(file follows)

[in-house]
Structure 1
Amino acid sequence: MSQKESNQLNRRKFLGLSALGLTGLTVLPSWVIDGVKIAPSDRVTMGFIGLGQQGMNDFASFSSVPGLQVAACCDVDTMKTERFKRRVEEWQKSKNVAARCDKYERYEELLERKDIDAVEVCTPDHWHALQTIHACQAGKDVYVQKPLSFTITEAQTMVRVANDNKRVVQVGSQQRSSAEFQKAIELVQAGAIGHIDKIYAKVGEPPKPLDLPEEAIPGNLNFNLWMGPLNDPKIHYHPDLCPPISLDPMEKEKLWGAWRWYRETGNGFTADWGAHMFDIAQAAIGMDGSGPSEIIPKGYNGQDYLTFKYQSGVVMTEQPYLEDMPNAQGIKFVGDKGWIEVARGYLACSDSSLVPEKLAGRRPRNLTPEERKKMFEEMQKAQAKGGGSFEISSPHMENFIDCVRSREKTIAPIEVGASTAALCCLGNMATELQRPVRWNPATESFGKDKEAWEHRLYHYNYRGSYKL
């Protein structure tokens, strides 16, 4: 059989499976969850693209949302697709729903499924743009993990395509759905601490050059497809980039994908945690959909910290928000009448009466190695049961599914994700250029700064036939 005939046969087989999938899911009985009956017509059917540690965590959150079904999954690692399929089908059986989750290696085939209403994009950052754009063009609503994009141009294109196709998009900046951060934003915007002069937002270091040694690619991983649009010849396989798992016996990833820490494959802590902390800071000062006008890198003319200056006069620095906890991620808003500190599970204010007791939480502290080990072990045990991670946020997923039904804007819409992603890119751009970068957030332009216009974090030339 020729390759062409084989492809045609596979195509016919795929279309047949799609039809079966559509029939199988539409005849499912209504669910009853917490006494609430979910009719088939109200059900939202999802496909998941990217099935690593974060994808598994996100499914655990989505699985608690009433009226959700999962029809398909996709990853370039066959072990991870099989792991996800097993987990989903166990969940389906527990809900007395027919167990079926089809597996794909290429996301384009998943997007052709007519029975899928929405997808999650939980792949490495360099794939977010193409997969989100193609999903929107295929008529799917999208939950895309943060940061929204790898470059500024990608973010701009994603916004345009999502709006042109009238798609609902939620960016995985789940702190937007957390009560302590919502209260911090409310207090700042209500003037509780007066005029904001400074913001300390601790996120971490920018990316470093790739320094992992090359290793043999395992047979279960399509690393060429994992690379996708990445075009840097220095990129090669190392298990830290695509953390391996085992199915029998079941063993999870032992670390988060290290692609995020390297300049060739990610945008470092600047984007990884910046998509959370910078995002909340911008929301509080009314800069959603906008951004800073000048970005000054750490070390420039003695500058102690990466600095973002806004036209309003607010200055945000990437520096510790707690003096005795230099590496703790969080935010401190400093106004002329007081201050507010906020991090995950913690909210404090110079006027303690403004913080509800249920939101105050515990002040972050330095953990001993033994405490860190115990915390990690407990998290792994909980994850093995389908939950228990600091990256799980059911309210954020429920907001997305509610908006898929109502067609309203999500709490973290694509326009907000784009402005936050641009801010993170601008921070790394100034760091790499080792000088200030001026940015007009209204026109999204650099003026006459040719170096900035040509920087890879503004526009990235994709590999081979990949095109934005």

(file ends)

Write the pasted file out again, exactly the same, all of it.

[in-house]
Structure 1
Amino acid sequence: MSQKESNQLNRRKFLGLSALGLTGLTVLPSWVIDGVKIAPSDRVTMGFIGLGQQGMNDFASFSSVPGLQVAACCDVDTMKTERFKRRVEEWQKSKNVAARCDKYERYEELLERKDIDAVEVCTPDHWHALQTIHACQAGKDVYVQKPLSFTITEAQTMVRVANDNKRVVQVGSQQRSSAEFQKAIELVQAGAIGHIDKIYAKVGEPPKPLDLPEEAIPGNLNFNLWMGPLNDPKIHYHPDLCPPISLDPMEKEKLWGAWRWYRETGNGFTADWGAHMFDIAQAAIGMDGSGPSEIIPKGYNGQDYLTFKYQSGVVMTEQPYLEDMPNAQGIKFVGDKGWIEVARGYLACSDSSLVPEKLAGRRPRNLTPEERKKMFEEMQKAQAKGGGSFEISSPHMENFIDCVRSREKTIAPIEVGASTAALCCLGNMATELQRPVRWNPATESFGKDKEAWEHRLYHYNYRGSYKL
């Protein structure tokens, strides 16, 4: 059989499976969850693209949302697709729903499924743009993990395509759905601490050059497809980039994908945690959909910290928000009448009466190695049961599914994700250029700064036939 005939046969087989999938899911009985009956017509059917540690965590959150079904999954690692399929089908059986989750290696085939209403994009950052754009063009609503994009141009294109196709998009900046951060934003915007002069937002270091040694690619991983649009010849396989798992016996990833820490494959802590902390800071000062006008890198003319200056006069620095906890991620808003500190599970204010007791939480502290080990072990045990991670946020997923039904804007819409992603890119751009970068957030332009216009974090030339 020729390759062409084989492809045609596979195509016919795929279309047949799609039809079966559509029939199988539409005849499912209504669910009853917490006494609430979910009719088939109200059900939202999802496909998941990217099935690593974060994808598994996100499914655990989505699985608690009433009226959700999962029809398909996709990853370039066959072990991870099989792991996800097993987990989903166990969940389906527990809900007395027919167990079926089809597996794909290429996301384009998943997007052709007519029975899928929405997808999650939980792949490495360099794939977010193409997969989100193609999903929107295929008529799917999208939950895309943060940061929204790898470059500024990608973010701009994603916004345009999502709006042109009238798609609902939620960016995985789940702190937007957390009560302590919502209260911090409310207090700042209500003037509780007066005029904001400074913001300390601790996120971490920018990316470093790739320094992992090359290793043999395992047979279960399509690393060429994992690379996708990445075009840097220095990129090669190392298990830290695509953390391996085992199915029998079941063993999870032992670390988060290290692609995020390297300049060739990610945008470092600047984007990884910046998509959370910078995002909340911008929301509080009314800069959603906008951004800073000048970005000054750490070390420039003695500058102690990466600095973002806004036209309003607010200055945000990437520096510790707690003096005795230099590496703790969080935010401190400093106004002329007081201050507010906020991090995950913690909210404090110079006027303690403004913080509800249920939101105050515990002040972050330095953990001993033994405490860190115990915390990690407990998290792994909980994850093995389908939950228990600091990256799980059911309210954020429920907001997305509610908006898929109502067609309203999500709490973290694509326009907000784009402005936050641009801010993170601008921070790394100034760091790499080792000088200030001026940015007009209204026109999204650099003026006459040719170096900035040509920087890879503004526009990235994709590999081979990949095109934005």